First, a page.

Litchfield News
HOME | NEWS | SPORTS | OPINION | THINGS TO DO | ARTS | HOME & FAMILY | SCHOOLS | BUSINESS | COMMUNITY | TOWN INFO |

Forum sheds light on extent of opioid epidemic
Litchfield.bz (06-30-17)


Federal Bureau of Investigation agent Charles Grady talks about the current opioid epidemic during a forum held Wednesday at the Litchfield Community Center by the Litchfield-Morris Rotary Club. BZ photos

The opioid epidemic that has seized Connecticut knows no boundaries when it comes to demographics, according to panelists who spoke during a forum held at the Litchfield Community Center by the Litchfield-Morris Rotary Club.

Speakers included Federal Bureau of Investigation agent Charles Grady, Litchfield Resident Trooper Jim Holm and retired state police detective John Pudlinski, now the training officer for Litchfield Volunteer Ambulance.

 
The Rotary Club held the forum as part of its community outreach program and designed it to help the public understand the extent of the abuse of heroin and painkillers like oxycodone and oxycontin by people of all ages in all places.
 
According to Grady, opioid abuse is everywhere, from the streets of Hartford and other cities to wealthy enclaves like Greenwich. It is claiming up to 1,000 lives a year in the state and is showing no signs of slowing down, he said.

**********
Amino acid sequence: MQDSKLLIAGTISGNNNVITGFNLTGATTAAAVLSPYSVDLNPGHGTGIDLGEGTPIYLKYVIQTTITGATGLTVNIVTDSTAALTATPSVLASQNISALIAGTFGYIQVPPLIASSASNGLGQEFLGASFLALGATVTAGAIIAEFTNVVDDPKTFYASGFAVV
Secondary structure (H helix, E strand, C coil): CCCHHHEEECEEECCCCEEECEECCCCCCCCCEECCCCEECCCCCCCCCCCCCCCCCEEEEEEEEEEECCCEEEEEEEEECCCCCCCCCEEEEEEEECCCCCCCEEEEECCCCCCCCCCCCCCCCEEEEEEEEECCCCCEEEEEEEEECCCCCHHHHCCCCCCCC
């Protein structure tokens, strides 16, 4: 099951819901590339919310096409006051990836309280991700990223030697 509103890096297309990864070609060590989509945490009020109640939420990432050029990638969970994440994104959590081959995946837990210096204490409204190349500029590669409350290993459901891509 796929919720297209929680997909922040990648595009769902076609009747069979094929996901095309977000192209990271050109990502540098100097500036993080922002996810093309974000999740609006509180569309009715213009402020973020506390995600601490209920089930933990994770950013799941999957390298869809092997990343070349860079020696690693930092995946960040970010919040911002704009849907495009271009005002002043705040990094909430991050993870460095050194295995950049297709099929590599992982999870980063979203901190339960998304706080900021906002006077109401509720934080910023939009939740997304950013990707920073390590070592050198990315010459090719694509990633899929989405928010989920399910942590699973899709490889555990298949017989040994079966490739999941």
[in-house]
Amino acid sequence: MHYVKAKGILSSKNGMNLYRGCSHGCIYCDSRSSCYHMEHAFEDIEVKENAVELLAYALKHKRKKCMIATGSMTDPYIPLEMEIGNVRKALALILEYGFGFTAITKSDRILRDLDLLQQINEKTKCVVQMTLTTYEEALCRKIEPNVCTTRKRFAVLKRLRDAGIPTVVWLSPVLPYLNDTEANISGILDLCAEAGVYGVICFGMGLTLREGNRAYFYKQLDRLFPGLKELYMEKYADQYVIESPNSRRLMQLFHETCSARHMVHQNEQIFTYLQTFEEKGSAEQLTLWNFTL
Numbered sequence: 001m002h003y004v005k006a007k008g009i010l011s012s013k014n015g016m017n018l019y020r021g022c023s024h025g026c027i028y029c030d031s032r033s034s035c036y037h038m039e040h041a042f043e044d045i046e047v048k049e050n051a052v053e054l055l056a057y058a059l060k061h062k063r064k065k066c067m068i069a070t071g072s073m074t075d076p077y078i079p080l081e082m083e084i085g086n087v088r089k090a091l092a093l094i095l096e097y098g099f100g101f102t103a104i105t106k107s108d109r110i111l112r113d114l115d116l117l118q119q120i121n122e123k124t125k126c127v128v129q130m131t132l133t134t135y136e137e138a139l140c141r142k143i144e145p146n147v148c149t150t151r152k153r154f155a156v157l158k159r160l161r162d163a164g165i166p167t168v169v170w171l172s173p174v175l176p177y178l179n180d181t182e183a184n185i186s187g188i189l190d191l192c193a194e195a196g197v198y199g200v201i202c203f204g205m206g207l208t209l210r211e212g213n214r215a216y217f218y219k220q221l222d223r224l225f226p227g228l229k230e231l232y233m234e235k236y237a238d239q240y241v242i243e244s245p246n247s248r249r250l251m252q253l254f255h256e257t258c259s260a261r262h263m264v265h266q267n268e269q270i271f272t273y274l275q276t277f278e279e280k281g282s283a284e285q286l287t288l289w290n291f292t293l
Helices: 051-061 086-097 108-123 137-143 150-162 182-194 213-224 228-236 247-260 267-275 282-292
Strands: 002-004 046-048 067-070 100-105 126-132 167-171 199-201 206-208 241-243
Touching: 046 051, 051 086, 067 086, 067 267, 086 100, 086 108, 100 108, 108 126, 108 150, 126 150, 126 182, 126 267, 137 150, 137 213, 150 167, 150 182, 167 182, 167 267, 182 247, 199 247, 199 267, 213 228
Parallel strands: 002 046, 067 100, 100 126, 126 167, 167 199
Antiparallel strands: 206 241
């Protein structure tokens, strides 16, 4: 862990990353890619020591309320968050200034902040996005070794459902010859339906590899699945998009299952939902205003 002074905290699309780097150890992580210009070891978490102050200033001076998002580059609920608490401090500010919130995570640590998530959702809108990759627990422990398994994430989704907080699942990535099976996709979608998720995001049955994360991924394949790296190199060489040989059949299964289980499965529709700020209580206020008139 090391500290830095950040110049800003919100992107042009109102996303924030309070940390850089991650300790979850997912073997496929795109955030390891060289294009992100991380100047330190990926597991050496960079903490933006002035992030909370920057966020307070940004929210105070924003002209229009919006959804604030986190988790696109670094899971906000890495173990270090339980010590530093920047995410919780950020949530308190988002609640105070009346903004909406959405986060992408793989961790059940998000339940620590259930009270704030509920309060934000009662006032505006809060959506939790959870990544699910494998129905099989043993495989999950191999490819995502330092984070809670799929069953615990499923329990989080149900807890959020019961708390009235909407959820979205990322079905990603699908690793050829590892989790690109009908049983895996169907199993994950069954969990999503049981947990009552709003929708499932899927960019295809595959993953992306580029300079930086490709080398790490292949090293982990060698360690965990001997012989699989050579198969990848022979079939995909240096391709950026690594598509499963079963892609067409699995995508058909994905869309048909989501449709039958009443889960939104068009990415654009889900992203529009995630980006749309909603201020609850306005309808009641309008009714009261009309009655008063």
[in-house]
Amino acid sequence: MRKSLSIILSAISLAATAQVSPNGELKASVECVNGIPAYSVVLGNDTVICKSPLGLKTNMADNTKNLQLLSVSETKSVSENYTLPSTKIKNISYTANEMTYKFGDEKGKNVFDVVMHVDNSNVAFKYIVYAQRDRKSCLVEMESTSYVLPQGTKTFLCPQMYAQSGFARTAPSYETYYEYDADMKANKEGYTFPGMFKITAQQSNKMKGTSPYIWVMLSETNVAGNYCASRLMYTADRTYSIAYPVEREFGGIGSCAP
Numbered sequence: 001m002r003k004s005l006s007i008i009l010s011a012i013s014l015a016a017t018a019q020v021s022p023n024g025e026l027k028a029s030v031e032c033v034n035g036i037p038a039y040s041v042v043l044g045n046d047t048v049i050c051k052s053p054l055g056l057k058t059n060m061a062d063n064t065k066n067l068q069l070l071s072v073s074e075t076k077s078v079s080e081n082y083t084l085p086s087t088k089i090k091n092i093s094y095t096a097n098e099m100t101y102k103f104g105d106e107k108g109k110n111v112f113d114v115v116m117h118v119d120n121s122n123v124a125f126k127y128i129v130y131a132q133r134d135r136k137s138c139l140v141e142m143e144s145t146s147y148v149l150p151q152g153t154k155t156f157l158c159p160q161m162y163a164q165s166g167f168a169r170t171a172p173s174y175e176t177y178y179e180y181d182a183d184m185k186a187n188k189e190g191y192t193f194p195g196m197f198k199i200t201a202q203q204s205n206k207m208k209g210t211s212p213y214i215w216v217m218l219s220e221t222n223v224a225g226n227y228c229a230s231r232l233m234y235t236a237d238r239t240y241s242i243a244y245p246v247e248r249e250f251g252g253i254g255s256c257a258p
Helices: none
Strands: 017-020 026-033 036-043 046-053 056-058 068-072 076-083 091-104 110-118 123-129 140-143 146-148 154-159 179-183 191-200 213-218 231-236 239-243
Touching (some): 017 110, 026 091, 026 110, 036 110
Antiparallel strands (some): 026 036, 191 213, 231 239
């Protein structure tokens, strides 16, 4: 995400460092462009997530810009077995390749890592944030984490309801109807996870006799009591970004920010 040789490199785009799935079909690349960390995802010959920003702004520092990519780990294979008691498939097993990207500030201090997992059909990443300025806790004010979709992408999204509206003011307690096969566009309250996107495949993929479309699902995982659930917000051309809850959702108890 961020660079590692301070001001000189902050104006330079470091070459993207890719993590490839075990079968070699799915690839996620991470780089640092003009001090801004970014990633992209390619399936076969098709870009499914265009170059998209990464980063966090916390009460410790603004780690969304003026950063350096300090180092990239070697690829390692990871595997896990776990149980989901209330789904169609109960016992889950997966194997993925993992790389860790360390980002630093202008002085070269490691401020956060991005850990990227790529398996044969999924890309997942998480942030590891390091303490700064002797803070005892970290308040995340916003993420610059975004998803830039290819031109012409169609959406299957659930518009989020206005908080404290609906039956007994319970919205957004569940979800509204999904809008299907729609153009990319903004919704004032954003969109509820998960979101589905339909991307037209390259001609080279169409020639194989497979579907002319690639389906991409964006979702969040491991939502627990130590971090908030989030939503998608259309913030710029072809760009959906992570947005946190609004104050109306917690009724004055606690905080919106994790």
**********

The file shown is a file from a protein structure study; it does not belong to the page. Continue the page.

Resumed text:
Shown during the forum was the FBI’s new film on opioid addiction, “Chasing the Dragon.” The film was a graphic portrayal of the lives of several individuals fighting addiction to heroin and prescription painkillers such as oxycodone and oxycontin.
 
Holm, seeing the film for the first time, said it should be mandatory in all high schools. It has been shown at Litchfield High School and plans are underway to show it at Wamogo next year.
 
Pudlinsk, in his capacity with Litchfield Volunteer Ambulance, said opioid use, and in particular heroin use, is rampant locally.
 
“If you think it’s not in Litchfield, think twice,” Pudlinski said. “It’s everywhere and is being used by people of all ages, from teens to those in their 50s and older.”
   

FBI agent Grady introduces Maks Danilin, a recovering opioid addict who works as a substance abuse rehabilitation counselor. Below, retired state police detective John Pudlinski addresses the gathering. Looking on is Bob Kluge of the Litchfield-Morris Rotary Club.

 

Back to News